*an ongoing series of quotations – mostly from artists, to artists – that offers wisdom, inspiration, and advice for the sometimes lonely road we are on.
Most artists are not as estranged from their fellow human beings, as bereft of reasons for existing, or as alienated from the common values and enthusiasms of the world as are the outsider characters created by existential writers like Kafka, Camus, and Sartre. But insofar as artists do regularly feel different from other people, a differentness experienced both as a sense of oddness and a sense of specialness, they identify with the outsider’s concerns and come to the interpersonal moment in guarded or distant fashion.
In part, artists are outsiders because of the personal mythology they possess. This mythology is a blend of beliefs about the importance of the individual, the responsibility of the artist as a maker of culture and a witness to the truth, and the ordained separateness of the artist. Artists often stand apart on principle, like Napoleonic figures perched on a hill overlooking the battle.
The artist may also find himself [sic] speechless in public. Around him people chat, but he has little to offer. Too much of what he knows and feels has gone directly into his art and too much has been revealed to him in solitude – infinitely more than he can share in casual conversation.
Eric Maisel, A Life in the Arts: Practical Guidance and Inspiration for Creative and Performing Artists
Comments are welcome!
A: I believe my first sale was “Bryan’s Ph.D.” I made it in 1990 as one of several small paintings created to improve my skills at rendering human hands in pastel. I had recently left the Navy and was building a career as a portrait artist. Bryan, my late husband, was often my model for these studies, not only because it was convenient, but because he had such beautiful hands.
In 1990 Bryan was working on his Ph.D. in economics at the University of Maryland. In this painting he is drawing a diagram that illustrates a theoretical point about “international public goods,” the subject of his research. He was sitting in an old wooden rocking chair in our backyard in Alexandria, VA. I still own the chair and the house. I photographed his hands close-up and then created the painting. I don’t remember which of Bryan’s cameras I used, but it was one that took 35 mm film; perhaps his Nikon F-2. Somewhere I must still have the negative and the original reference photo.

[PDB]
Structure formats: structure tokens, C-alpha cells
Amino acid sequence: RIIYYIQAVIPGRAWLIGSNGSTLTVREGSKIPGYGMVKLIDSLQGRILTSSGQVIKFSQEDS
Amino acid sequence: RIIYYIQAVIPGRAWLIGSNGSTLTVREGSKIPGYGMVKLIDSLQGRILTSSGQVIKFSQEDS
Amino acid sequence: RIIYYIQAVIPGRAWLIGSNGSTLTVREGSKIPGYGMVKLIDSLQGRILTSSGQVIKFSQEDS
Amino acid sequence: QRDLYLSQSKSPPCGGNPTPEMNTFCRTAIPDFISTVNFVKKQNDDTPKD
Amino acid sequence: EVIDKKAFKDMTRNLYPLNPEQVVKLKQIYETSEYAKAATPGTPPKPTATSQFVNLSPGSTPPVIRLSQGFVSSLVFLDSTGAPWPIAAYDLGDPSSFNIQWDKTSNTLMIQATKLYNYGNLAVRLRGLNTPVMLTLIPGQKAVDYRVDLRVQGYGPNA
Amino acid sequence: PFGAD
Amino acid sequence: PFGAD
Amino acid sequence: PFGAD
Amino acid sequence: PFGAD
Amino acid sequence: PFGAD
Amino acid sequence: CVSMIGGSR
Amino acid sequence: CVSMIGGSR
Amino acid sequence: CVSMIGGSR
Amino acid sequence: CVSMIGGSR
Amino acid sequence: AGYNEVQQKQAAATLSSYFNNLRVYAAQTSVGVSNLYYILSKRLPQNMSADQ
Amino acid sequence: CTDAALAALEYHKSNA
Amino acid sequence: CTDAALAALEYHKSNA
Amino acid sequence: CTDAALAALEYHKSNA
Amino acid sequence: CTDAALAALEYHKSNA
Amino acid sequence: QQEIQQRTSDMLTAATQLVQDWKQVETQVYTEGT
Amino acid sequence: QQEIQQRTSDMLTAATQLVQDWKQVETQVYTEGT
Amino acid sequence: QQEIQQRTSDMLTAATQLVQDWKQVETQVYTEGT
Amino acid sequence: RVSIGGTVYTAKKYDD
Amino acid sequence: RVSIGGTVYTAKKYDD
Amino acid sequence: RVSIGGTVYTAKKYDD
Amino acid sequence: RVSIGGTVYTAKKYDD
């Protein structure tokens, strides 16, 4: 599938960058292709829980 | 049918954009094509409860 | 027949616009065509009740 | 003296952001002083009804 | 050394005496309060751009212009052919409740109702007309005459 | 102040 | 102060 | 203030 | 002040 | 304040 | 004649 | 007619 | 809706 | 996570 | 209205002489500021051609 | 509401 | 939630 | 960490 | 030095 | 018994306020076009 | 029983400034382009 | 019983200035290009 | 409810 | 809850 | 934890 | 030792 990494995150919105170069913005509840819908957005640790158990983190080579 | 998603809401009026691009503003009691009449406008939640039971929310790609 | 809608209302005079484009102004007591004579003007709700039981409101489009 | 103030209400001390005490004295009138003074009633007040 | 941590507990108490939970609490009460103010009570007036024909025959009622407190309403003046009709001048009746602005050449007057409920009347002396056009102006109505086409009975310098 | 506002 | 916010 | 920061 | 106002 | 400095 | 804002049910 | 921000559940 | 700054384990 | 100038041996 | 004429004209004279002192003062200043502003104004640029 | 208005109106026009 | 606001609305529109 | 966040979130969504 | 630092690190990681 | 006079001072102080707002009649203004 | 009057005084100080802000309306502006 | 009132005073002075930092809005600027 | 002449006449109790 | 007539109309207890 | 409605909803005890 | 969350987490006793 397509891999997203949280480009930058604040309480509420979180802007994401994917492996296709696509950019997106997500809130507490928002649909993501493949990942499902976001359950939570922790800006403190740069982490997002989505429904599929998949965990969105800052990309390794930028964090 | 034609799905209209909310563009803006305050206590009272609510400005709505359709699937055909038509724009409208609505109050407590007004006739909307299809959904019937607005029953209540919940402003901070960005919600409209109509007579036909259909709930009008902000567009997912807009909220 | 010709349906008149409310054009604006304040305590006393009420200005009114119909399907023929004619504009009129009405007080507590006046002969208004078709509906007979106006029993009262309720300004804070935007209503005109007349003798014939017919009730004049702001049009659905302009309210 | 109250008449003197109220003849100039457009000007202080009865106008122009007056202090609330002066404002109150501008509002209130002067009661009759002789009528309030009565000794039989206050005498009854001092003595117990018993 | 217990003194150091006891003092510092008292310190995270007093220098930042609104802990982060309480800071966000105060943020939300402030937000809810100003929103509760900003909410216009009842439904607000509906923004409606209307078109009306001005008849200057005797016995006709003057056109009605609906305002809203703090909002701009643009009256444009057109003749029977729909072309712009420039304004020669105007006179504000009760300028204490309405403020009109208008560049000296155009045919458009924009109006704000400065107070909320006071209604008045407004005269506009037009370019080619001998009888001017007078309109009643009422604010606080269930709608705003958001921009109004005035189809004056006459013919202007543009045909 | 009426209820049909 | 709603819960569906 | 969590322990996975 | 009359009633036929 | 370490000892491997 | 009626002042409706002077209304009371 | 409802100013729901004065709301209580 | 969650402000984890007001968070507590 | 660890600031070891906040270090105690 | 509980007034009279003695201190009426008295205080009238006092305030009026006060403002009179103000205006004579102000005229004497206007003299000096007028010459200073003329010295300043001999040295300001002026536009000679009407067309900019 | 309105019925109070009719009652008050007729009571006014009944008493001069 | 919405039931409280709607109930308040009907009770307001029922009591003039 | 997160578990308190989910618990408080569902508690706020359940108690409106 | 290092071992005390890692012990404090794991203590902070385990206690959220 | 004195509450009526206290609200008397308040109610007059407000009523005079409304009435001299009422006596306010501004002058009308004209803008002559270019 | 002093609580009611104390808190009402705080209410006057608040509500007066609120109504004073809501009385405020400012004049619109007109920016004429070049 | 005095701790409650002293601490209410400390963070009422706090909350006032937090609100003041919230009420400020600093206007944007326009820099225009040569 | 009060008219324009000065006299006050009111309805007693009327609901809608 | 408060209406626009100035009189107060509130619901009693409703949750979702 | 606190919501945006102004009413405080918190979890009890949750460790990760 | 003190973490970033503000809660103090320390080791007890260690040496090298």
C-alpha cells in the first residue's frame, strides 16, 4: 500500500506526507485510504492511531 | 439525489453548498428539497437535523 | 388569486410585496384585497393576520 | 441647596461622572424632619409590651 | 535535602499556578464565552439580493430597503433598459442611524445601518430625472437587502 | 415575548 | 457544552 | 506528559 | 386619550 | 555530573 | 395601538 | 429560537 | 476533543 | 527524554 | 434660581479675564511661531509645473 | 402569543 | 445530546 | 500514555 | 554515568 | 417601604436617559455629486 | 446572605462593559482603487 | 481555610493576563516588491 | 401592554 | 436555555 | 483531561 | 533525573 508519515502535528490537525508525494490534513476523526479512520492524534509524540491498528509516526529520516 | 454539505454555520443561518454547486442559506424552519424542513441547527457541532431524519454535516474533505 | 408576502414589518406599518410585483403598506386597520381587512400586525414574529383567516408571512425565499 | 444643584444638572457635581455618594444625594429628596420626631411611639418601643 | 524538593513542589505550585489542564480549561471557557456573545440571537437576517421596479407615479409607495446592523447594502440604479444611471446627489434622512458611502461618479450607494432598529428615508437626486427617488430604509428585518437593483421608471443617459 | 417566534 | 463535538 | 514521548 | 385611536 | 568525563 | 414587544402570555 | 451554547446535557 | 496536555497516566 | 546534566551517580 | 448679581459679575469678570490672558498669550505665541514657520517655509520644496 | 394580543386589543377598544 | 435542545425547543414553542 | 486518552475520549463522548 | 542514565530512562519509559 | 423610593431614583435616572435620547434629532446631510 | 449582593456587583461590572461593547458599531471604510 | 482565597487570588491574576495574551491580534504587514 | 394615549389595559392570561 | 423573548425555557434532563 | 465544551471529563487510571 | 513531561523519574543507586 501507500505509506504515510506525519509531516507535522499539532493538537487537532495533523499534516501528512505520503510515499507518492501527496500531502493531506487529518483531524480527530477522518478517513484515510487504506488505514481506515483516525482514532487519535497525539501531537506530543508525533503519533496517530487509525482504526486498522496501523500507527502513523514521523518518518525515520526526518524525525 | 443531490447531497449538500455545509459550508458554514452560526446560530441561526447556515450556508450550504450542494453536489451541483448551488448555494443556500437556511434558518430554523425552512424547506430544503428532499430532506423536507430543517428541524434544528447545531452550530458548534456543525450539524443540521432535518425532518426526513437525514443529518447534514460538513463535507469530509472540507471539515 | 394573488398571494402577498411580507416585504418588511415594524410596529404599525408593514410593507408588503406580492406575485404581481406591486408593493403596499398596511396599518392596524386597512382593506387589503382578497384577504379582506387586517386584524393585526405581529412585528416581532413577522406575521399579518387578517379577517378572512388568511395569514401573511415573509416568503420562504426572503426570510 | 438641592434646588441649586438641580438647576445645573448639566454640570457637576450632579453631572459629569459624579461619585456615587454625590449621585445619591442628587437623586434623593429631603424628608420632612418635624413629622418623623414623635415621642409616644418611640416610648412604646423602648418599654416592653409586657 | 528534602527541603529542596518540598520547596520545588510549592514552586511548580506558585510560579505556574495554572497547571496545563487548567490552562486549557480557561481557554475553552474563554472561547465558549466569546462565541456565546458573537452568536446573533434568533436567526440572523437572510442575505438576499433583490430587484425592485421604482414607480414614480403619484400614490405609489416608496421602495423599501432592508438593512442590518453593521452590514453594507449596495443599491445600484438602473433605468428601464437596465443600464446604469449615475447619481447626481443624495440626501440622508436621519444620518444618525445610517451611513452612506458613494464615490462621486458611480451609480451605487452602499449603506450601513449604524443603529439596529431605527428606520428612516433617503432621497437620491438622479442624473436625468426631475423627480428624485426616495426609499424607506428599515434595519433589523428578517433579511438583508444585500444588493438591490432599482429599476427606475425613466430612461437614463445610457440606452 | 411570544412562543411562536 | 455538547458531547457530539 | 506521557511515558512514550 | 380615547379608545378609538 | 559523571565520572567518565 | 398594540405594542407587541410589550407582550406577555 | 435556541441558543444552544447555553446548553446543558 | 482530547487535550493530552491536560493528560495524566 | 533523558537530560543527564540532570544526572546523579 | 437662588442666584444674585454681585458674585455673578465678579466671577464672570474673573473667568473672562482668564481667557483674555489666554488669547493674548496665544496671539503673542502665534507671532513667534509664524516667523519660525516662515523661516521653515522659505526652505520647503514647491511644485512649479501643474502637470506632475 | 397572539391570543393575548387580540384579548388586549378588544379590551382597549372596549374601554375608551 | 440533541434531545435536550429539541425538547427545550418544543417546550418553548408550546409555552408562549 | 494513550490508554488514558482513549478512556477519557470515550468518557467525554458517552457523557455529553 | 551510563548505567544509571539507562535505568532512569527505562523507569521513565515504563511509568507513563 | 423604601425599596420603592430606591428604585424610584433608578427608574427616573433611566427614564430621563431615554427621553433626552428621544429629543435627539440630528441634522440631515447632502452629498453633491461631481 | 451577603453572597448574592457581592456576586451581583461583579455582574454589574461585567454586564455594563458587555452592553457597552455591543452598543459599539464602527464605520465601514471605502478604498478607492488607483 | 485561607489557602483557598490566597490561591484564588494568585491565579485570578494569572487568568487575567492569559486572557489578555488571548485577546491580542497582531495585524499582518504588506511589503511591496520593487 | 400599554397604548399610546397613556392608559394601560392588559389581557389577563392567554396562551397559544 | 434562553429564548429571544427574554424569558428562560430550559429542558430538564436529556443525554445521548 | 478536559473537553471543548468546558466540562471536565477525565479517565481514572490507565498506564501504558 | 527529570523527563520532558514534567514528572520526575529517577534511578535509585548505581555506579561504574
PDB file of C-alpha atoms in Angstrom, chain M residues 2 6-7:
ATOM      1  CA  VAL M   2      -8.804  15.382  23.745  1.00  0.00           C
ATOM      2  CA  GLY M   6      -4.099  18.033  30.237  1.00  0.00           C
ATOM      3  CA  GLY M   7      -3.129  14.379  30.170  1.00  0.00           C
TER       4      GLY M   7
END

“Bryan’s Ph.D.” is 11″ x 13 1/2″ and it sold for $500 at a monthly juried exhibition at The Art League in Alexandria. I have not seen it since 1990. (Above is a photograph of “Bryan’s Ph.D.” from my portfolio book).
Not long ago the owner contacted me, explaining that she had received the painting as a gift from her now ex-husband. She was selling it because it evoked bitter memories of her divorce. Her phone call was prompted by uncertainty about the painting’s value now. She had a likely buyer and needed to know what price to charge.
I was saddened because I have so many beautiful memories of this particular painting and of an idyllic time in my life with Bryan. He was on a leave of absence from the Pentagon to work on his dissertation, while I was finished with active duty. At last I was a full time artist, busily working in the spare bedroom that we had turned into my first studio.
My conversation with the owner was a reminder that once paintings are let out into the world, they take on associations that have nothing to do with the personal circumstances surrounding their creation. In short, what an artist creates solely out of love, stands a good chance of not being loved or appreciated by others. This is one reason to only sell my work to people I select personally. I ended the telephone conversation hoping that “Bryan’s Ph.D.” fares better in its new home.
Comments are welcome!
A: Usually a title suggests itself over the course of the months I spend on a painting. Sometimes it comes from a book I’m reading, from a piece of music, a film, bits of overheard conversation. A title can come from anywhere, but finding the best one is key. I like what Jean Cocteau says about this:
One title alone exists. It will be, so it is. Time conceals it from me. How discover it, concealed by a hundred others? I have to avoid the this, the that. Avoid the image. Avoid the descriptive and the undescriptive. Avoid the exact meaning and the inexact. The soft, the hard. Neither long nor short. Right to catch the eye, the ear, the mind. Simple to read and to remember. I had announced several. I had to repeat them twice and the journalists still got them wrong. My real title defies me. It enjoys its hiding place, like a child one keeps calling, and whom one believes drowned in the pond.
Once I have the best title, I make sure it fits the painting exactly. How I do that is difficult to explain. It’s an intuitive process that involves adjusting colors, shapes, and images so that they fit the painting’s meaning, i.e., the meaning hinted at by the title.
Comments are welcome!